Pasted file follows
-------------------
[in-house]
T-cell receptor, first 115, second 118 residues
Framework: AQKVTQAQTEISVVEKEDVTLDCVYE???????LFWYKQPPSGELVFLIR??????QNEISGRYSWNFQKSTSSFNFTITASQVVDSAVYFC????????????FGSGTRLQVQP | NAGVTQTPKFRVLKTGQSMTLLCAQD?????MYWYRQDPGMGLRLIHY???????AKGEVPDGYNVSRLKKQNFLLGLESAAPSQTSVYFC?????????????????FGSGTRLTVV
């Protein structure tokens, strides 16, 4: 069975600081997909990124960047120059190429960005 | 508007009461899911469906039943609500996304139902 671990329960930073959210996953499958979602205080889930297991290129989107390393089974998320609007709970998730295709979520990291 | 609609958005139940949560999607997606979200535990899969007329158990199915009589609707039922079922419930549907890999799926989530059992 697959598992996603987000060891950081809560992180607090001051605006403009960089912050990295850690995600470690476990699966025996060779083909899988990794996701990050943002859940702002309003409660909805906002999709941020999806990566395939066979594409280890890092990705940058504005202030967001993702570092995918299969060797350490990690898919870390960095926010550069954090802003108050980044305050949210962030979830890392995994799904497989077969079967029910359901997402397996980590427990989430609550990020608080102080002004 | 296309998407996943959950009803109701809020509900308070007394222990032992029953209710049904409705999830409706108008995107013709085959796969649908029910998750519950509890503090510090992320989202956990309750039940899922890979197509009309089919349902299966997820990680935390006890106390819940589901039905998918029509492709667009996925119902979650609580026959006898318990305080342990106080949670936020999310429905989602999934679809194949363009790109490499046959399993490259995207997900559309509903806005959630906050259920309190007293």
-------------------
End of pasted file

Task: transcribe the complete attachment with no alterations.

[in-house]
T-cell receptor, first 115, second 118 residues
Framework: AQKVTQAQTEISVVEKEDVTLDCVYE???????LFWYKQPPSGELVFLIR??????QNEISGRYSWNFQKSTSSFNFTITASQVVDSAVYFC????????????FGSGTRLQVQP | NAGVTQTPKFRVLKTGQSMTLLCAQD?????MYWYRQDPGMGLRLIHY???????AKGEVPDGYNVSRLKKQNFLLGLESAAPSQTSVYFC?????????????????FGSGTRLTVV
């Protein structure tokens, strides 16, 4: 069975600081997909990124960047120059190429960005 | 508007009461899911469906039943609500996304139902 671990329960930073959210996953499958979602205080889930297991290129989107390393089974998320609007709970998730295709979520990291 | 609609958005139940949560999607997606979200535990899969007329158990199915009589609707039922079922419930549907890999799926989530059992 697959598992996603987000060891950081809560992180607090001051605006403009960089912050990295850690995600470690476990699966025996060779083909899988990794996701990050943002859940702002309003409660909805906002999709941020999806990566395939066979594409280890890092990705940058504005202030967001993702570092995918299969060797350490990690898919870390960095926010550069954090802003108050980044305050949210962030979830890392995994799904497989077969079967029910359901997402397996980590427990989430609550990020608080102080002004 | 296309998407996943959950009803109701809020509900308070007394222990032992029953209710049904409705999830409706108008995107013709085959796969649908029910998750519950509890503090510090992320989202956990309750039940899922890979197509009309089919349902299966997820990680935390006890106390819940589901039905998918029509492709667009996925119902979650609580026959006898318990305080342990106080949670936020999310429905989602999934679809194949363009790109490499046959399993490259995207997900559309509903806005959630906050259920309190007293």